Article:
renewable energy,smart grid,energy efficiency,GIZ,SGREE,ERAV

 Dr. Werner Friedl at AIT Austrian Institute of Technology. Photo: GIZ

Vietnam should make clear policies to advance the development of renewable energy amid growing power demand, according to a group of experts in the Deutsche Gesellschaft für Internationale Zusammenarbeit (GIZ) GmbH-supported smart grid project.

A policy to promote renewable energy on the part of electricity users has not been given due attention in the course of energy transition and the government needs to improve regulatory framework for the application of smart grid, according to Dr. Werner Friedl at AIT Austrian Institute of Technology.

Power purchase agreements (PPAs), which are currently limited to signing with only one buyer – Vietnam Electricity (EVN), and Direct Power Purchase Agreements (DPPAs), which allow power plants to sell renewable-based generated electricity directly to large power consumers, are just at the planning stage of pilot implementation, the international expert said at the event held in Hanoi earlier this week.

In addition, the approval of a large proportion of renewable energy sources mainly focuses on certain territories and is not synchronized with the current situation and progress of investment in electricity transmission grids while the existing FIT pricing mechanism does not follow the market price signal.

Gaps remain in regulations on integration of renewable energy sources; regulations to implement smart energy technologies; and technical standards for smart energy technology, technical regulations and grid connection standards, Werner Friedl pointed out said at the Final Consultation Workshop on Assessment and Recommendation of Legal Framework for Smart Grid Application to Promote Renewable Energies and Energy Efficiency in Vietnam.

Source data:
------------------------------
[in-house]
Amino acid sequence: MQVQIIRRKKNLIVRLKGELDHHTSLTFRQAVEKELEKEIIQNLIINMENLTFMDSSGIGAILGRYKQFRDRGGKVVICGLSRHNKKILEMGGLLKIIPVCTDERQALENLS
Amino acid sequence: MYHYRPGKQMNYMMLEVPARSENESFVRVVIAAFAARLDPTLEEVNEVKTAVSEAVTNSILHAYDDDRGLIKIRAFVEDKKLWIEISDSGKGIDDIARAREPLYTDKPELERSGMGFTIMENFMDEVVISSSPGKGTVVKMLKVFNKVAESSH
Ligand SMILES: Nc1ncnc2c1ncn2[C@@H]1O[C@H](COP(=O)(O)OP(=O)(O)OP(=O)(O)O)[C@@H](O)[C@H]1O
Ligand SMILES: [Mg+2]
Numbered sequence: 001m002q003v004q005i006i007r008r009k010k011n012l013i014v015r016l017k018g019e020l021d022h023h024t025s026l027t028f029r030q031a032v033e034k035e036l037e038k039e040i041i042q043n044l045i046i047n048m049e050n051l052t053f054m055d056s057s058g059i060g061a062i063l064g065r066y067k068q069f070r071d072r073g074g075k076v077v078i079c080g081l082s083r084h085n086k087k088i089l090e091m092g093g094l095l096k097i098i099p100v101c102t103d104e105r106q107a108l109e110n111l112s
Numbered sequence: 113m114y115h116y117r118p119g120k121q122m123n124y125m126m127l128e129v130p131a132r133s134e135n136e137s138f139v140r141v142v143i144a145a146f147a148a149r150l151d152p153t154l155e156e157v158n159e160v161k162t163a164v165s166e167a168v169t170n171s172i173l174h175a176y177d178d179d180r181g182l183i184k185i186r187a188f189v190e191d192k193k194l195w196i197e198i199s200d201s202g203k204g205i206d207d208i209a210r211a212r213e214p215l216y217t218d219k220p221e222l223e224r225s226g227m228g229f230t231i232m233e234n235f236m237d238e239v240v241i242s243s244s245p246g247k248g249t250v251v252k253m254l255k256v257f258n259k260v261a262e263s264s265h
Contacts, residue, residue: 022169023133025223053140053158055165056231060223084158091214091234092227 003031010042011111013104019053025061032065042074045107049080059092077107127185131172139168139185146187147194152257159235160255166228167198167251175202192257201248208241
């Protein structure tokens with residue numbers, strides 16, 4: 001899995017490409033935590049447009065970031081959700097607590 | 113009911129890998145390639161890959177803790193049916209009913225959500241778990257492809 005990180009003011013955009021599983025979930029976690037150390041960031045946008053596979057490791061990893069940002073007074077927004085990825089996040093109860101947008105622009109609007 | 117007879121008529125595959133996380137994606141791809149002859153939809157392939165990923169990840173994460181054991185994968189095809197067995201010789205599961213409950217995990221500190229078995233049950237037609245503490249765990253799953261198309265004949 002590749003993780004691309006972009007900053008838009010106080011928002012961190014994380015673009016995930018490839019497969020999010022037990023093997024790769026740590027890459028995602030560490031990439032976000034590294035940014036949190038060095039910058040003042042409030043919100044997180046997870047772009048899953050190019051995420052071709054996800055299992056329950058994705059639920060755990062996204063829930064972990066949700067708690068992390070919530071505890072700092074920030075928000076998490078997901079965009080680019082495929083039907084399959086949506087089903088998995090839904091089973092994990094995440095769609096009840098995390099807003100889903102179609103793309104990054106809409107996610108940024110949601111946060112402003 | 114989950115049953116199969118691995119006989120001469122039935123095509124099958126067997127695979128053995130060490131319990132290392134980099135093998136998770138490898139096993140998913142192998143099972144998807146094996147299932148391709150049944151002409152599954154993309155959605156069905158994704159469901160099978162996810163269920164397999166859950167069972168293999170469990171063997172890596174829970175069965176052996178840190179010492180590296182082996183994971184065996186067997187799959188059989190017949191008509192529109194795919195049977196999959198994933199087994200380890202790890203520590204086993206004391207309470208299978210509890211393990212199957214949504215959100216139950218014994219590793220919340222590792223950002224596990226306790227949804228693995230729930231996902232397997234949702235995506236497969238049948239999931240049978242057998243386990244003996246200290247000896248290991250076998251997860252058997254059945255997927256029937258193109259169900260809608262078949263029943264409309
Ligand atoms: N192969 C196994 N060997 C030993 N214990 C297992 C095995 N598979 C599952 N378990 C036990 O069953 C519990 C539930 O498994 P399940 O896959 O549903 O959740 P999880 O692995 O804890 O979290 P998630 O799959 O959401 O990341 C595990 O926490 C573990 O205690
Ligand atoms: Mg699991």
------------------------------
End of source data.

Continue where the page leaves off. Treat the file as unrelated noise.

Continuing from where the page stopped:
Tobias Cossen, Project Director at GIZ, said, “Vietnam’s electricity system is facing technical and financial challenges as we have seen the country’s rapid development of renewable energy sources in the past year and its ambitious plan until 2030, especially the power sources using wind and solar energy which rely on weather conditions. Therefore, it is necessary to timely develop appropriate legal provisions to enable the high-rate integration of power sources using renewable energy, without affecting the reliability of electricity supply and the quality of the electricity system, as well as to minimize the effect on the average electricity price of the whole system.”

Accordingly, Werner Friedl made some key recommendations, including

(i) attractive financial mechanisms to attract renewable energy power plants to participate in the energy balance and ancillary service market;

 

(ii) specific regulations and mechanisms to control grid congestion, limiting curtailment of renewable energy sources in line with the trend of integrating high proportion of renewable energy;

(iii) regulations and mechanisms to encourage the installation of an energy storage system and to allow the participation of auxiliary service providers to increase the flexibility and reliability of the electricity system.

Other suggestions are appropriate financial mechanisms to implement the Demand Response Program (DR) and attractive financial regulations and mechanisms to enable the realization of the virtual power plant (VPP) model.

Smart Grids for Renewable Energy and Energy Efficiency (SGREE) is a four-year project beginning in 2017 receiving support from GIZ.

Funded by the German Federal Ministry for Economic Cooperation and Development (BMZ), the Vietnamese Ministry of Industry and Trade’s Electricity Regulatory Authority of Vietnam (ERAV) is the implementing agency for the project which costs EUR5 million (US$5.5 million). Hanoitimes

Linh Pham

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